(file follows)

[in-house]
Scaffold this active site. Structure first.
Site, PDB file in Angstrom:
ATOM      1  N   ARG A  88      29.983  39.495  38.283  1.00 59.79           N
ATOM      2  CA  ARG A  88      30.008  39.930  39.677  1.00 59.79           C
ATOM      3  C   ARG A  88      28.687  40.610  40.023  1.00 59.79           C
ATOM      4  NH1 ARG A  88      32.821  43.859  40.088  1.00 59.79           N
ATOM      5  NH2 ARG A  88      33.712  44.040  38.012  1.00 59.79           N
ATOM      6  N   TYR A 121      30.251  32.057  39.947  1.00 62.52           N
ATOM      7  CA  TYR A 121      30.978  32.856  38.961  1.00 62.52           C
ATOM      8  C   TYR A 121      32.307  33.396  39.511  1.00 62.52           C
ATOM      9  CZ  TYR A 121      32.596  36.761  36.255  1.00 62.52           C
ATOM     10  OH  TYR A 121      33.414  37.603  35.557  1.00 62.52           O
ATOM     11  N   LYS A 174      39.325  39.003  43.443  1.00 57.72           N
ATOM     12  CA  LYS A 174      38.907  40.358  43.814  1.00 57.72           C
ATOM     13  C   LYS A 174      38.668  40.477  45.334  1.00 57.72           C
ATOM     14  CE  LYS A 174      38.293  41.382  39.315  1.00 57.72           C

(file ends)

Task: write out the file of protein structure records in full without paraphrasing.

[in-house]
Scaffold this active site. Structure first.
Site, PDB file in Angstrom:
ATOM      1  N   ARG A  88      29.983  39.495  38.283  1.00 59.79           N
ATOM      2  CA  ARG A  88      30.008  39.930  39.677  1.00 59.79           C
ATOM      3  C   ARG A  88      28.687  40.610  40.023  1.00 59.79           C
ATOM      4  NH1 ARG A  88      32.821  43.859  40.088  1.00 59.79           N
ATOM      5  NH2 ARG A  88      33.712  44.040  38.012  1.00 59.79           N
ATOM      6  N   TYR A 121      30.251  32.057  39.947  1.00 62.52           N
ATOM      7  CA  TYR A 121      30.978  32.856  38.961  1.00 62.52           C
ATOM      8  C   TYR A 121      32.307  33.396  39.511  1.00 62.52           C
ATOM      9  CZ  TYR A 121      32.596  36.761  36.255  1.00 62.52           C
ATOM     10  OH  TYR A 121      33.414  37.603  35.557  1.00 62.52           O
ATOM     11  N   LYS A 174      39.325  39.003  43.443  1.00 57.72           N
ATOM     12  CA  LYS A 174      38.907  40.358  43.814  1.00 57.72           C
ATOM     13  C   LYS A 174      38.668  40.477  45.334  1.00 57.72           C
ATOM     14  CE  LYS A 174      38.293  41.382  39.315  1.00 57.72           C